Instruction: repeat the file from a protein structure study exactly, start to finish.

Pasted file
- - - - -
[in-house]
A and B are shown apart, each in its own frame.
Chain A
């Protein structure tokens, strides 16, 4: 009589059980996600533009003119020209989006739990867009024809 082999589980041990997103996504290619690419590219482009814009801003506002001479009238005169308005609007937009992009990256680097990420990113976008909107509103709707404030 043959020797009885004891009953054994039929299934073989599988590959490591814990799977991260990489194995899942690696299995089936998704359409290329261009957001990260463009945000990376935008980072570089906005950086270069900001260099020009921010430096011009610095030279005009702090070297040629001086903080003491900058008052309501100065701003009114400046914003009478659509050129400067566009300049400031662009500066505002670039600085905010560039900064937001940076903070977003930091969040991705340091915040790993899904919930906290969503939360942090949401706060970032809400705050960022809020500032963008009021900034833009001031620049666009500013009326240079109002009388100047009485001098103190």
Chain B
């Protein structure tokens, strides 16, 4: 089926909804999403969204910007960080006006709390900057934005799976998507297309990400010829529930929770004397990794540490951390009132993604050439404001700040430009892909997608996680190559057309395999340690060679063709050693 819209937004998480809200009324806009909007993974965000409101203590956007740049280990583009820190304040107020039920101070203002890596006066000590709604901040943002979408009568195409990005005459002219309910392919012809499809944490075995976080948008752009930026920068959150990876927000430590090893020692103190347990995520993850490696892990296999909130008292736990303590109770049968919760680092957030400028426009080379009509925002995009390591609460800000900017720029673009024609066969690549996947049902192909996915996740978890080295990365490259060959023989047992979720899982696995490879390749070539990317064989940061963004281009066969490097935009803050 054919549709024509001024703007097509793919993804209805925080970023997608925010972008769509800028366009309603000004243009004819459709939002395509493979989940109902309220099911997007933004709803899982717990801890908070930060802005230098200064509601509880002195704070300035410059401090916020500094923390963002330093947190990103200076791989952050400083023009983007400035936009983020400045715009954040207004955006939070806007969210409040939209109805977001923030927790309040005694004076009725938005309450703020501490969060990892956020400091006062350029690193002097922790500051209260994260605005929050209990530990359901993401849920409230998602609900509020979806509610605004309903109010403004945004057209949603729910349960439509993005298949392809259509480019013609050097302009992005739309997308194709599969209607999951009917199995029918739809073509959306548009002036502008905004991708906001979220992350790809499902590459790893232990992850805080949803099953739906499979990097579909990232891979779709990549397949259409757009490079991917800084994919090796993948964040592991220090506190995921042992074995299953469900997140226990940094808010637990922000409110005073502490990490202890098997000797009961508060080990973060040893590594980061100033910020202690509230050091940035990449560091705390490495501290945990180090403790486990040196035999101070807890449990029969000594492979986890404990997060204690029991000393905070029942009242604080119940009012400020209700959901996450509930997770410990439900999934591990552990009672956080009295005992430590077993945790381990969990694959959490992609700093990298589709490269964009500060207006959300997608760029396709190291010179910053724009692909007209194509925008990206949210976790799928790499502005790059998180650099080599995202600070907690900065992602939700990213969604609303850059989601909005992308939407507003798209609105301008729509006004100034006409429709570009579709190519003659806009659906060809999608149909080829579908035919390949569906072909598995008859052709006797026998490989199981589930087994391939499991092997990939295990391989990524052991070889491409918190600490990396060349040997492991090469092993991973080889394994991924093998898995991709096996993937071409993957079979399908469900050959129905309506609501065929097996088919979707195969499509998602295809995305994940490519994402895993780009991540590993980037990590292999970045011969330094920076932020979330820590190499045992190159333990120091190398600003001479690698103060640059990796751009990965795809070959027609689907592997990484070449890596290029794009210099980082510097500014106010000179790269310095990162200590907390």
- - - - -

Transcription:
[in-house]
A and B are shown apart, each in its own frame.
Chain A
């Protein structure tokens, strides 16, 4: 009589059980996600533009003119020209989006739990867009024809 082999589980041990997103996504290619690419590219482009814009801003506002001479009238005169308005609007937009992009990256680097990420990113976008909107509103709707404030 043959020797009885004891009953054994039929299934073989599988590959490591814990799977991260990489194995899942690696299995089936998704359409290329261009957001990260463009945000990376935008980072570089906005950086270069900001260099020009921010430096011009610095030279005009702090070297040629001086903080003491900058008052309501100065701003009114400046914003009478659509050129400067566009300049400031662009500066505002670039600085905010560039900064937001940076903070977003930091969040991705340091915040790993899904919930906290969503939360942090949401706060970032809400705050960022809020500032963008009021900034833009001031620049666009500013009326240079109002009388100047009485001098103190």
Chain B
């Protein structure tokens, strides 16, 4: 089926909804999403969204910007960080006006709390900057934005799976998507297309990400010829529930929770004397990794540490951390009132993604050439404001700040430009892909997608996680190559057309395999340690060679063709050693 819209937004998480809200009324806009909007993974965000409101203590956007740049280990583009820190304040107020039920101070203002890596006066000590709604901040943002979408009568195409990005005459002219309910392919012809499809944490075995976080948008752009930026920068959150990876927000430590090893020692103190347990995520993850490696892990296999909130008292736990303590109770049968919760680092957030400028426009080379009509925002995009390591609460800000900017720029673009024609066969690549996947049902192909996915996740978890080295990365490259060959023989047992979720899982696995490879390749070539990317064989940061963004281009066969490097935009803050 054919549709024509001024703007097509793919993804209805925080970023997608925010972008769509800028366009309603000004243009004819459709939002395509493979989940109902309220099911997007933004709803899982717990801890908070930060802005230098200064509601509880002195704070300035410059401090916020500094923390963002330093947190990103200076791989952050400083023009983007400035936009983020400045715009954040207004955006939070806007969210409040939209109805977001923030927790309040005694004076009725938005309450703020501490969060990892956020400091006062350029690193002097922790500051209260994260605005929050209990530990359901993401849920409230998602609900509020979806509610605004309903109010403004945004057209949603729910349960439509993005298949392809259509480019013609050097302009992005739309997308194709599969209607999951009917199995029918739809073509959306548009002036502008905004991708906001979220992350790809499902590459790893232990992850805080949803099953739906499979990097579909990232891979779709990549397949259409757009490079991917800084994919090796993948964040592991220090506190995921042992074995299953469900997140226990940094808010637990922000409110005073502490990490202890098997000797009961508060080990973060040893590594980061100033910020202690509230050091940035990449560091705390490495501290945990180090403790486990040196035999101070807890449990029969000594492979986890404990997060204690029991000393905070029942009242604080119940009012400020209700959901996450509930997770410990439900999934591990552990009672956080009295005992430590077993945790381990969990694959959490992609700093990298589709490269964009500060207006959300997608760029396709190291010179910053724009692909007209194509925008990206949210976790799928790499502005790059998180650099080599995202600070907690900065992602939700990213969604609303850059989601909005992308939407507003798209609105301008729509006004100034006409429709570009579709190519003659806009659906060809999608149909080829579908035919390949569906072909598995008859052709006797026998490989199981589930087994391939499991092997990939295990391989990524052991070889491409918190600490990396060349040997492991090469092993991973080889394994991924093998898995991709096996993937071409993957079979399908469900050959129905309506609501065929097996088919979707195969499509998602295809995305994940490519994402895993780009991540590993980037990590292999970045011969330094920076932020979330820590190499045992190159333990120091190398600003001479690698103060640059990796751009990965795809070959027609689907592997990484070449890596290029794009210099980082510097500014106010000179790269310095990162200590907390």